Jump to content
digit

July 2019 - Finds of the Month Entries

Recommended Posts

digit

REMINDER: PLEASE carefully read ALL of the rules below.

Make sure you include all the required information, IN THE REQUESTED FORMAT (below) when you submit your fossil! 

If you have a question about a possible entry, please send me a PM.


Please pay special attention to Rule #5: 

Before and After Preparation Photos must be submitted for prepped specimens NOT  found during the Month of the Contest.

In addition to keeping the contest fair, this new qualification will encourage better documentation of our spectacular past finds.


Entries will be taken until 11:59:00 PM EDT on JULY 31, 2019

Any fossil submitted after that time, even if the topic is still open, will be deemed ineligible! 

 

Only entries posted with CLEAR photos and that meet the other guidelines will be placed into the Poll. 

Photos of the winning specimens may be posted to TFF's Facebook page.

 

Please let us know if you have any questions, and thanks for sharing more of your fossils and research this month.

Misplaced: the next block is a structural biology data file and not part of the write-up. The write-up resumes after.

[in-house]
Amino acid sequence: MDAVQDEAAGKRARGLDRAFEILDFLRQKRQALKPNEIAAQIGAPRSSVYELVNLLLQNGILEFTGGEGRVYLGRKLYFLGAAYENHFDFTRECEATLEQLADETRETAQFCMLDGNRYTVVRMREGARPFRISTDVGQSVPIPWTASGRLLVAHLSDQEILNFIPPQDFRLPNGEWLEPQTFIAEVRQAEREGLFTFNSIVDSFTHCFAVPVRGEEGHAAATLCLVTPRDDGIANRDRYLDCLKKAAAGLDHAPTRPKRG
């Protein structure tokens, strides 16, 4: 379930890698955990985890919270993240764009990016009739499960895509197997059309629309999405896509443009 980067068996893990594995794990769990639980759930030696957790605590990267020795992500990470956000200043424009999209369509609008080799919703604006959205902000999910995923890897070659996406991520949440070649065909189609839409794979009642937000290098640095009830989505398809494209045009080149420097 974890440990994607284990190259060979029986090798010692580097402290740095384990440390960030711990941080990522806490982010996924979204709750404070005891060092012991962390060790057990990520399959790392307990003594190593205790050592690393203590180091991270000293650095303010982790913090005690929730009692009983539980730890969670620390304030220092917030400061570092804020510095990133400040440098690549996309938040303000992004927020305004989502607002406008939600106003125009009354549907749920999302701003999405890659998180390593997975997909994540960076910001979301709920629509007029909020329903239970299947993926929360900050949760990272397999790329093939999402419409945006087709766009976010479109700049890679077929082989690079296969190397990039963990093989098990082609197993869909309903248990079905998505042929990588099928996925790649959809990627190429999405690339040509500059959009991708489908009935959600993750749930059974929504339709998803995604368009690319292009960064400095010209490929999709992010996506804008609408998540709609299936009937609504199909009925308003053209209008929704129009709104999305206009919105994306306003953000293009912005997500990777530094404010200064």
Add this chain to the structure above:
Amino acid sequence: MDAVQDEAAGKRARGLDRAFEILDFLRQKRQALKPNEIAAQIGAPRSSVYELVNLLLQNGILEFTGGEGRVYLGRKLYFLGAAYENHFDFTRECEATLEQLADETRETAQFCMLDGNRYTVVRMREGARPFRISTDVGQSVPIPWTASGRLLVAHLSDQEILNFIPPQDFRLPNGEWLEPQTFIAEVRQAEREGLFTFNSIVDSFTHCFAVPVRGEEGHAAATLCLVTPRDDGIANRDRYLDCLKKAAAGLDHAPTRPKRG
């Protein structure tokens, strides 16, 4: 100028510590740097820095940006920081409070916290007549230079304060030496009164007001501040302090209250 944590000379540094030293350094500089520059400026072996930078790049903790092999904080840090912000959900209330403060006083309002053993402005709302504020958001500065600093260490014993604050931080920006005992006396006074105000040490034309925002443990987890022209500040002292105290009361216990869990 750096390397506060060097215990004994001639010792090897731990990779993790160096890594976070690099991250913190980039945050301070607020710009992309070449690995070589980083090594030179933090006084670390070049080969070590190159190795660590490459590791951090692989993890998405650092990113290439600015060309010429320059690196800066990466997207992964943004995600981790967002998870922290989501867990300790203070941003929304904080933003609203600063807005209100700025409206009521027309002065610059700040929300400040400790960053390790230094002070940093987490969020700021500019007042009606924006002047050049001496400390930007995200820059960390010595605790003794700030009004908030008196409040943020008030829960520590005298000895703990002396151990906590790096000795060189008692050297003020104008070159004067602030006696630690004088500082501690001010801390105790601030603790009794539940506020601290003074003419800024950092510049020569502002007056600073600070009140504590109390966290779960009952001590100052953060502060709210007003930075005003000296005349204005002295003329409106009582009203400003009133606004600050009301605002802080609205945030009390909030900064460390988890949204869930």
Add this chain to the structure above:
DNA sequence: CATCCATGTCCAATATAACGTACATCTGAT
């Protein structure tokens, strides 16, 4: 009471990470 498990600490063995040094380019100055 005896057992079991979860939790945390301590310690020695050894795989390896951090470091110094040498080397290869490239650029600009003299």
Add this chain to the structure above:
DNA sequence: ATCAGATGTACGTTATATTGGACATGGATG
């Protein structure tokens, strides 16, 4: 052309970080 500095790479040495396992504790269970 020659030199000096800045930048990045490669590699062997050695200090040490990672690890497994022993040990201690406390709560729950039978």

Shortly after the end of the Month, separate Polls will be created for the Vertebrate and Invertebrate/Plant Find of the Month.

 

In addition to the fun of a contest, we also want to learn more about the fossils. 

Tell us more about your fossil, and why you think it is worthy of the honor. 


To view the Winning Fossils from past contests visit the Find Of The Month Winner's Gallery.

 

Now, go find your fossil, do your research, and make an entry!
Best of success to all, and good hunting!

 

***********************************


Rules for The Fossil Forum's Vertebrate and Invertebrate/Plant Find of the Month Contests

  1. Find a great Vertebrate Fossil or Invertebrate/Plant Fossil! Only fossils found personally by you are allowed. NO PURCHASED FOSSILS.
  2. Post your entry in the Find of the Month topic. Use a separate post for each entry. (Only two entries per member per contest category.)
  3. Your fossil must have been found during the Month of the Contest, or Significant Preparation * of your fossil must have been completed during the Month of the Contest.
  4. You must include the Date of Discovery (when found in the contest month); or the Date of Preparation Completion and Date of Discovery (if not found in the contest month).
  5. Before and After Preparation photos must be submitted for prepped specimens not found during the Month of the Contest. Please make sure you arrange for photos if someone else is preparing your fossil find and completes the prep requirements in the contest month.
  6. You must include the Common and/or Scientific Name.
  7. You must include the Geologic Age or Geologic Formation where the fossil was found.